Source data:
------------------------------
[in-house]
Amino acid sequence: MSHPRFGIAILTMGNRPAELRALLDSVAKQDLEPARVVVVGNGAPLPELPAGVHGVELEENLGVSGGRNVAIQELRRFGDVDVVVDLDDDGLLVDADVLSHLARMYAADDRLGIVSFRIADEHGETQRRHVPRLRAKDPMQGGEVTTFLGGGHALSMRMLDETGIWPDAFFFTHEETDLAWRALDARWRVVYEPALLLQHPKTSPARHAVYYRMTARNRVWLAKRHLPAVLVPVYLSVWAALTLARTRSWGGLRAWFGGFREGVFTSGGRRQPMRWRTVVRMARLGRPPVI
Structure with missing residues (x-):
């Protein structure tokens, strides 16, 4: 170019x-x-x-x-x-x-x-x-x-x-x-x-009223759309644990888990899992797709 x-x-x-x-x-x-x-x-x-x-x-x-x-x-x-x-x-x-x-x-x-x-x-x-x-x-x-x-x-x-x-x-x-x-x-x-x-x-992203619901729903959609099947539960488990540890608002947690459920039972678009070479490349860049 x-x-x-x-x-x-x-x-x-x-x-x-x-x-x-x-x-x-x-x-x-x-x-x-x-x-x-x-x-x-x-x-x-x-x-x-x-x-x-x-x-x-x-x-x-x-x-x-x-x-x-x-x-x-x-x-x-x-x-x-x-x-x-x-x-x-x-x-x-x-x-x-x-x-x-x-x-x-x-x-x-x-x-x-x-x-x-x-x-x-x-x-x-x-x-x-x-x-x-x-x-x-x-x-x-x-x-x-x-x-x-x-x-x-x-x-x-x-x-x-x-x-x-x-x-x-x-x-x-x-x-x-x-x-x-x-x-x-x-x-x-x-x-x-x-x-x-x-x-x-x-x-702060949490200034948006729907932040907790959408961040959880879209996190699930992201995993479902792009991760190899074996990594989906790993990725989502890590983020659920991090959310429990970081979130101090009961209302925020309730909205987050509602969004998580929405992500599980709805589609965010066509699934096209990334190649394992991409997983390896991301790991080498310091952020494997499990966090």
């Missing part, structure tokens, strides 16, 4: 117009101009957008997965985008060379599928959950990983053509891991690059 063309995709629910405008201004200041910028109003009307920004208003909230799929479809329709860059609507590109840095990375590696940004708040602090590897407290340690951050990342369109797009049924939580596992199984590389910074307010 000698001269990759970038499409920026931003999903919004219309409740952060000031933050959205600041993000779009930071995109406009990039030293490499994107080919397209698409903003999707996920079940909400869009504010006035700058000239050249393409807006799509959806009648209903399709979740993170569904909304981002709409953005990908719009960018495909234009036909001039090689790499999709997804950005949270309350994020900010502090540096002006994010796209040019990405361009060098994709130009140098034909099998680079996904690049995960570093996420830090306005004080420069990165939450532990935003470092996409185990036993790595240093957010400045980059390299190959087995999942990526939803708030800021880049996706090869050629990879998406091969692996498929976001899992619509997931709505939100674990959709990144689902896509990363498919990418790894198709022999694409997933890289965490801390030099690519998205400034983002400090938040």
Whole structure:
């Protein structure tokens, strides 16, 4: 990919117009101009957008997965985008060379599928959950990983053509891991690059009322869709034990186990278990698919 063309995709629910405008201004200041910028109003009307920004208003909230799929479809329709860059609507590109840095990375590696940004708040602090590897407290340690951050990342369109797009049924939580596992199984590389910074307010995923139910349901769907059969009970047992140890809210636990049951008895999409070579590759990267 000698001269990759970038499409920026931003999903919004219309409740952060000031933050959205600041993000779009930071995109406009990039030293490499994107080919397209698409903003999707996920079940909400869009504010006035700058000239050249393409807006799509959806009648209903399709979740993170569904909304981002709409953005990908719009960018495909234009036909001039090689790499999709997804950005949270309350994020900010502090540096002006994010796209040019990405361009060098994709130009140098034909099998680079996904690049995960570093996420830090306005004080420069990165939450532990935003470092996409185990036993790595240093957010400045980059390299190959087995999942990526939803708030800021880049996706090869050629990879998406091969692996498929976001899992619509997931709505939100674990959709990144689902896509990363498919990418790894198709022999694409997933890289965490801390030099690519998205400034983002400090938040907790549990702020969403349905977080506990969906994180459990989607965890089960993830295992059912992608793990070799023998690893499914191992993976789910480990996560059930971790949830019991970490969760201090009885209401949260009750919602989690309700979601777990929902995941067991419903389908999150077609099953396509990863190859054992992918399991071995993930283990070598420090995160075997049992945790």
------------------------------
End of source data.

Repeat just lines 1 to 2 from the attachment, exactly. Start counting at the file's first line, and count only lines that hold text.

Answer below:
[in-house]
Amino acid sequence: MSHPRFGIAILTMGNRPAELRALLDSVAKQDLEPARVVVVGNGAPLPELPAGVHGVELEENLGVSGGRNVAIQELRRFGDVDVVVDLDDDGLLVDADVLSHLARMYAADDRLGIVSFRIADEHGETQRRHVPRLRAKDPMQGGEVTTFLGGGHALSMRMLDETGIWPDAFFFTHEETDLAWRALDARWRVVYEPALLLQHPKTSPARHAVYYRMTARNRVWLAKRHLPAVLVPVYLSVWAALTLARTRSWGGLRAWFGGFREGVFTSGGRRQPMRWRTVVRMARLGRPPVI